The report recommends the Government work towards a more equitable application of the Land Law (2001), especially as it relates to state public land. Around 70% of the evictions studied had been carried out on the grounds that communities were living illegally on public property. The contradictory practice of evicting communities from public property but allowing other groups, such as companies and private individuals, to develop the same area has created a feeling of injustice among urban poor communities.

Evictions are a traumatising experience and the Covid-19 pandemic presents even greater risks to evicted families, many of whom have reported reduced incomes and job loss as major problems they are facing because of the pandemic. Eviction from their homes will only worsen their situations and could force many families into greater poverty. The Government must take action to cease all evictions during the Covid-19 pandemic and endeavour to consult with communities after the Covid-19 pandemic has ended.

You can download the reports as PDF files here! Khmer – English


For further information please contact:

Contact for more information:
Mr. Soeung Saran, Executive Director of Sahmakum Teang Tnaut (STT)
Mr. Isaac Daniels, Research and Advocacy Adviser of Sahmakum Teang Tnaut (STT)




FACTS AND FIGURES #36: Public Streets and Sidewalks

STT’s latest research, ‘Facts & Figures #36: Public Streets and Sidewalks’ maps the streets, sidewalks and open public spaces of Phnom Penh to create a picture of a city lacking in inclusivity. This research applies the indicator 11.7.1 of Sustainable Development Goal (SDG) 11, which focuses on inclusive cities, to Phnom Penh and discusses its results.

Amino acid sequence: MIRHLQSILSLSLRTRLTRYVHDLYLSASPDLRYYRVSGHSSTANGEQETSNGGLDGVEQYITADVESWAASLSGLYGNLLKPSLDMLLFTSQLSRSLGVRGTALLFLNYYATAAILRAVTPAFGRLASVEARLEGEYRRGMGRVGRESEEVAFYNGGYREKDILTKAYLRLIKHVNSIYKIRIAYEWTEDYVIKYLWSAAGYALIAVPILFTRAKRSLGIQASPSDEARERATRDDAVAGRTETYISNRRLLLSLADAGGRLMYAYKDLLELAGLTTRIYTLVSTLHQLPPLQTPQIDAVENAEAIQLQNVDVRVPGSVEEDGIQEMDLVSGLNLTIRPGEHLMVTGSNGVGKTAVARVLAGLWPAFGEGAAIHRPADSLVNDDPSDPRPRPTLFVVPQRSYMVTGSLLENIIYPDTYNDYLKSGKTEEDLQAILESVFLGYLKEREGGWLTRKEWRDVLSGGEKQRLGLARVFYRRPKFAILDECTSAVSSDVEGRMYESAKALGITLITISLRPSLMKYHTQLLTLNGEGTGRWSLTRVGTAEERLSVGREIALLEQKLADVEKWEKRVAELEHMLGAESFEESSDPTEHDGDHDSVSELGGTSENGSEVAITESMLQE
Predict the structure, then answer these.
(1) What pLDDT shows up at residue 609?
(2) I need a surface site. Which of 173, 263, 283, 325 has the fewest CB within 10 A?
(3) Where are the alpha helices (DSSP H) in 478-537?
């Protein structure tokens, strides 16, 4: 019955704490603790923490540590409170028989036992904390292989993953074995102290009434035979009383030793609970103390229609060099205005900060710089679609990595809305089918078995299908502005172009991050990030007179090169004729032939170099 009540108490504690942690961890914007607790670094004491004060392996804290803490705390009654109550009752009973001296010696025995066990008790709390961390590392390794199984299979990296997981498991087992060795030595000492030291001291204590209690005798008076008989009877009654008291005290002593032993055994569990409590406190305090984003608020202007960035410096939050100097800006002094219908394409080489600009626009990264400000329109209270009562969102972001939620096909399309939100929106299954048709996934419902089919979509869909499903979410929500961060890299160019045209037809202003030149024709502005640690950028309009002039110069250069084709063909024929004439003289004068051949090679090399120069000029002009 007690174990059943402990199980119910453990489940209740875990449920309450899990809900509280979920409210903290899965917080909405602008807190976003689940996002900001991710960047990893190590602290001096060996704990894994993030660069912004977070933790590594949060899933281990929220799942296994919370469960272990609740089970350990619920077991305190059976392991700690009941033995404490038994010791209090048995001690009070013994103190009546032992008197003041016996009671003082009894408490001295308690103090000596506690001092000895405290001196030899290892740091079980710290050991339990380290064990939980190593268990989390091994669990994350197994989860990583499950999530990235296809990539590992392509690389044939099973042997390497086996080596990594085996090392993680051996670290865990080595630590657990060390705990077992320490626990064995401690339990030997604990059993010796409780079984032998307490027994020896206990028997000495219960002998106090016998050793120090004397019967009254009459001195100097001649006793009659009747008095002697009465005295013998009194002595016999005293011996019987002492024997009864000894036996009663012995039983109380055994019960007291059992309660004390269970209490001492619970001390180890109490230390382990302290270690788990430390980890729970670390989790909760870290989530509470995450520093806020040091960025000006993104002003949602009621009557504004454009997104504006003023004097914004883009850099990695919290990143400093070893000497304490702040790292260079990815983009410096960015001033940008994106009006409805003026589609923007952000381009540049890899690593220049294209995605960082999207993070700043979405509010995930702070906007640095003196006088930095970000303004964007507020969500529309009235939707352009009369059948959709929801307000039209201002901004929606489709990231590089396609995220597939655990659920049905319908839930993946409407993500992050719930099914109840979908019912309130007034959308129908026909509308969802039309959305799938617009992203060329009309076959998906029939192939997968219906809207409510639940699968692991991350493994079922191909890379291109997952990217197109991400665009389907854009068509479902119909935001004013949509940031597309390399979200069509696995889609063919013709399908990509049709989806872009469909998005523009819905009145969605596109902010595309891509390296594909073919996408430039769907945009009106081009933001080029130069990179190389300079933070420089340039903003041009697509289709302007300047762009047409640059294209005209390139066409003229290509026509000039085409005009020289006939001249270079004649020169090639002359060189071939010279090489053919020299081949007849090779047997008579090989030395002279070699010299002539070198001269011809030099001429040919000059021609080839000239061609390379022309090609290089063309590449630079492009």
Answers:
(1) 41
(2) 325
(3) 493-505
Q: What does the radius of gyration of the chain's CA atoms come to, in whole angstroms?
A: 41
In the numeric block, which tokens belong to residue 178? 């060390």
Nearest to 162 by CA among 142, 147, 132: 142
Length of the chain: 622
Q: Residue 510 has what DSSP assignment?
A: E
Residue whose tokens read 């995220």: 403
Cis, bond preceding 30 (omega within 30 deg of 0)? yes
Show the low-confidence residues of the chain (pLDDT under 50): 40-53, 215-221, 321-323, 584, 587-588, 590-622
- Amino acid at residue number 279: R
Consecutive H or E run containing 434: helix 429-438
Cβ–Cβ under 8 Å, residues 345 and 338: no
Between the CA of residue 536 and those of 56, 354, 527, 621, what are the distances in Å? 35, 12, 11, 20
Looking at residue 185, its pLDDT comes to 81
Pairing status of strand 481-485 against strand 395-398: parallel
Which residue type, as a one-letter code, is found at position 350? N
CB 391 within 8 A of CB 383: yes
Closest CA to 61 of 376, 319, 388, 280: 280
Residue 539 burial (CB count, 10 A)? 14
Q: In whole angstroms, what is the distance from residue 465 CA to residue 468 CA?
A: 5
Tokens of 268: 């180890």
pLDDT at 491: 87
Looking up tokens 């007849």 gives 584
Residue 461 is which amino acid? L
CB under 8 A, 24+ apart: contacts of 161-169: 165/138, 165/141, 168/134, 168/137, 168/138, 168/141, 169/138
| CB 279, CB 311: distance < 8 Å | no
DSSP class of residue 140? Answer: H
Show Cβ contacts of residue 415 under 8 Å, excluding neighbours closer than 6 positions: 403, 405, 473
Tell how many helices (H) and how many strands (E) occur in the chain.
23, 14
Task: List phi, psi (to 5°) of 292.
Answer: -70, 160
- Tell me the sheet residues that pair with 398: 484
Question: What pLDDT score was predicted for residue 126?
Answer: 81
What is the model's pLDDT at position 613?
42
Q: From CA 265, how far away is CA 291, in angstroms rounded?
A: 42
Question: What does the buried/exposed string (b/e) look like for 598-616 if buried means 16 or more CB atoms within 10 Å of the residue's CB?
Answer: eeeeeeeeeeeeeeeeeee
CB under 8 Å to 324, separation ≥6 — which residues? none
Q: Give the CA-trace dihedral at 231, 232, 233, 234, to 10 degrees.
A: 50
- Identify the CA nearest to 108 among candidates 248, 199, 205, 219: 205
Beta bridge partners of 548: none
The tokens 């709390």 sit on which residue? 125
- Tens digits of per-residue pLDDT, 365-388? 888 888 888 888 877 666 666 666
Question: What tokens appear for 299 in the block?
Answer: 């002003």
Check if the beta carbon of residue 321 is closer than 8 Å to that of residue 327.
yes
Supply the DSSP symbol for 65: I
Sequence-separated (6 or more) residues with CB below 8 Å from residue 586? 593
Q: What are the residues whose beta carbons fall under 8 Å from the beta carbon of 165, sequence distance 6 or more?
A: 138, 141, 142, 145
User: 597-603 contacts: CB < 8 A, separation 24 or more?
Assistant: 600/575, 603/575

STT researchers found that streets, sidewalk and open public space within the city accounted for a dismal 16.36% of total space within the city.  Streets and sidewalks make up 14.26%, which is not bad when compared to Bangkok (15.9%) and Manila (15.2%) but is significantly below Singapore (21.6%). The 2.10% of open public space in Phnom Penh, such as parks, places to exercise, and places for civic participation, is well below the international standard of 10% and most open public space is found in the inner khans of Daun Penh and Chamkar Mon.

You can download the reports as PDF files here! KhmerEnglish

Contact for more information:
Mr. Soeung Saran, Executive Director of Sahmakum Teang Tnaut (STT)
Tel: 089 666 013
Mr. Isaac Daniels, Program Adviser of Sahmakum Teang Tnaut (STT)

THE PHNOM PENH SURVEY: A Study on Urban Poor Settlement in Phnom Penh

This report aims to add to the body of research and information on urban poor settlements in Phnom Penh. There have been several major studies that have been conducted on the urban poor and their dwellings in Phnom Penh’s inner and outer Khans. Using various methods, these studies have collected data on urban poor settlements and families, information on evictions and threat of eviction, land titling, and land categorization as well as general socio-economic conditions.

The number of Urban Poor Settlements has been decreasing from 410 in 2009 to 340 in 2014 and 277 in this 2018. Settlements have decreased for a variety of reasons, including development and eviction to elsewhere, and Phnom Penh’s current 277 urban poor settlements still face many challenges especially as the majority of them don’t have land titles, documentation for land titles, or access to land rights information. Further, nearly half of all urban poor settlements are located on or near canals, lakes, or rivers, which are state public land and can not be privately owned. Thus, many communities are susceptible to eviction and live with tenure insecurity as a daily fear.

You can download full report as PDF files here: Khmer | English

Contact for more information: